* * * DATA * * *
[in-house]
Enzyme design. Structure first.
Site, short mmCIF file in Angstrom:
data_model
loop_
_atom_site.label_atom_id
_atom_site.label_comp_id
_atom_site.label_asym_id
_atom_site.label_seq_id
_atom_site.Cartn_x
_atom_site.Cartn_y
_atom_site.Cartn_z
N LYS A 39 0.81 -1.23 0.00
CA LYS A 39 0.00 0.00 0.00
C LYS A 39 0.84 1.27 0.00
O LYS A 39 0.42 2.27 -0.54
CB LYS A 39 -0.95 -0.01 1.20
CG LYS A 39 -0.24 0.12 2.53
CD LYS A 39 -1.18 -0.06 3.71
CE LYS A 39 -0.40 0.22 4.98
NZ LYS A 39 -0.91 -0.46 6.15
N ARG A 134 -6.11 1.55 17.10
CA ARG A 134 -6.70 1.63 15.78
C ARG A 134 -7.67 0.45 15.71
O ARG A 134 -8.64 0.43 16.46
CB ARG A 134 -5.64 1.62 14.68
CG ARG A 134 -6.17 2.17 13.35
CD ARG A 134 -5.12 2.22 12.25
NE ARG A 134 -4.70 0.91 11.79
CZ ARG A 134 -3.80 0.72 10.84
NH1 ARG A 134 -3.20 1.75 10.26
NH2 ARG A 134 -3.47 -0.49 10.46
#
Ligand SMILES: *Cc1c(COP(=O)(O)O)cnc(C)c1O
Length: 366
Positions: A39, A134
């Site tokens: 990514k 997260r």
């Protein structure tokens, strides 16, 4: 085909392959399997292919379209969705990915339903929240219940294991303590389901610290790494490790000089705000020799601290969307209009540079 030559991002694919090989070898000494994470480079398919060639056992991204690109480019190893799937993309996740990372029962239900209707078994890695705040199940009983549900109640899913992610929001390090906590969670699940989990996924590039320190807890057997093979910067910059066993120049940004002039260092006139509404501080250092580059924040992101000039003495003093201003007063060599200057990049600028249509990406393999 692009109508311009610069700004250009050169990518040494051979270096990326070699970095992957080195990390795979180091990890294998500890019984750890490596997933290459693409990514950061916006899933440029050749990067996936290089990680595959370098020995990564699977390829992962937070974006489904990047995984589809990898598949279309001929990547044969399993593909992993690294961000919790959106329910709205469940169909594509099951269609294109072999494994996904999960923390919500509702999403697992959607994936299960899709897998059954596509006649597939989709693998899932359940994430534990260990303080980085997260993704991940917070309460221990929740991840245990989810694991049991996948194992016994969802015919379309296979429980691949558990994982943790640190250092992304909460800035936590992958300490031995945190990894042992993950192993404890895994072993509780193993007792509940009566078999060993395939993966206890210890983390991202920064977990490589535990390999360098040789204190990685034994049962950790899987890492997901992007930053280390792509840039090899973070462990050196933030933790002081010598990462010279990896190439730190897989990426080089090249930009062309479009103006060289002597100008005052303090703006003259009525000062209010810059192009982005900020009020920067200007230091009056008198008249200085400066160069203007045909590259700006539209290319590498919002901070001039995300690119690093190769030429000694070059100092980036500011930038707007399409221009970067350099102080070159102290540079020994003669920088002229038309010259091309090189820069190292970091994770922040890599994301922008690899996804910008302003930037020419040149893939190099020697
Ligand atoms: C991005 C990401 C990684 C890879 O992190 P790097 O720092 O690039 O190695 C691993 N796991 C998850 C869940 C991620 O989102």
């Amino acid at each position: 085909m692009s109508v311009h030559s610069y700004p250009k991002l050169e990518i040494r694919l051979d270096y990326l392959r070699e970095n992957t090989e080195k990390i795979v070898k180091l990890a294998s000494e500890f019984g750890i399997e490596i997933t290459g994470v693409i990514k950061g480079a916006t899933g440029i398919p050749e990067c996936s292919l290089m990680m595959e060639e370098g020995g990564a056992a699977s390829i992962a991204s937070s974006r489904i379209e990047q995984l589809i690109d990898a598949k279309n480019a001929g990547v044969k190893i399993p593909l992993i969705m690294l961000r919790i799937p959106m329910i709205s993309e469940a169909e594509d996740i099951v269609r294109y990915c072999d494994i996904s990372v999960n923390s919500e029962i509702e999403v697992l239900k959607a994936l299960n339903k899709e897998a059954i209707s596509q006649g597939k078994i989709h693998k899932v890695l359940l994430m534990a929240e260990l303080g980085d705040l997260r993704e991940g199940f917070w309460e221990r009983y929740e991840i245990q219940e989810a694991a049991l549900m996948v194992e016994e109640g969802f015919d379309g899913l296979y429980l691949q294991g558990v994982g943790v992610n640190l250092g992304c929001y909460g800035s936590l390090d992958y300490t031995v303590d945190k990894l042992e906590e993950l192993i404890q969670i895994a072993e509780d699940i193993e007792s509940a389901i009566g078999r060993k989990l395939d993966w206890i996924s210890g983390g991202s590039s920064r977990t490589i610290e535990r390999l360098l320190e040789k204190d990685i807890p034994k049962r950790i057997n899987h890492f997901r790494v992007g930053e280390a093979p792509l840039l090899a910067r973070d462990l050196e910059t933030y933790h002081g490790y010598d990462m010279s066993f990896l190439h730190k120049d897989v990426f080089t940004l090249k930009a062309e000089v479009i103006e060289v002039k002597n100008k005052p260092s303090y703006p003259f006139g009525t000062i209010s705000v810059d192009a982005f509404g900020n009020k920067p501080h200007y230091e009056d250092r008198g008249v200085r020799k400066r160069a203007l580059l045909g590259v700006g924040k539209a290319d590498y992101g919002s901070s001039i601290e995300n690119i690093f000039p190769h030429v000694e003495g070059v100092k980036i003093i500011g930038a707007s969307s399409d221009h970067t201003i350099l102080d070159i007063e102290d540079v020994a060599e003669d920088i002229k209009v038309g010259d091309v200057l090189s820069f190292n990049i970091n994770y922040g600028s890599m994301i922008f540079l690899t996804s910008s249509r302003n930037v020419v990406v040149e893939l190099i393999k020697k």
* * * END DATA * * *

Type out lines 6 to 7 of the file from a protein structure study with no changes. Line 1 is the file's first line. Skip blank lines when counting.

_atom_site.label_atom_id
_atom_site.label_comp_id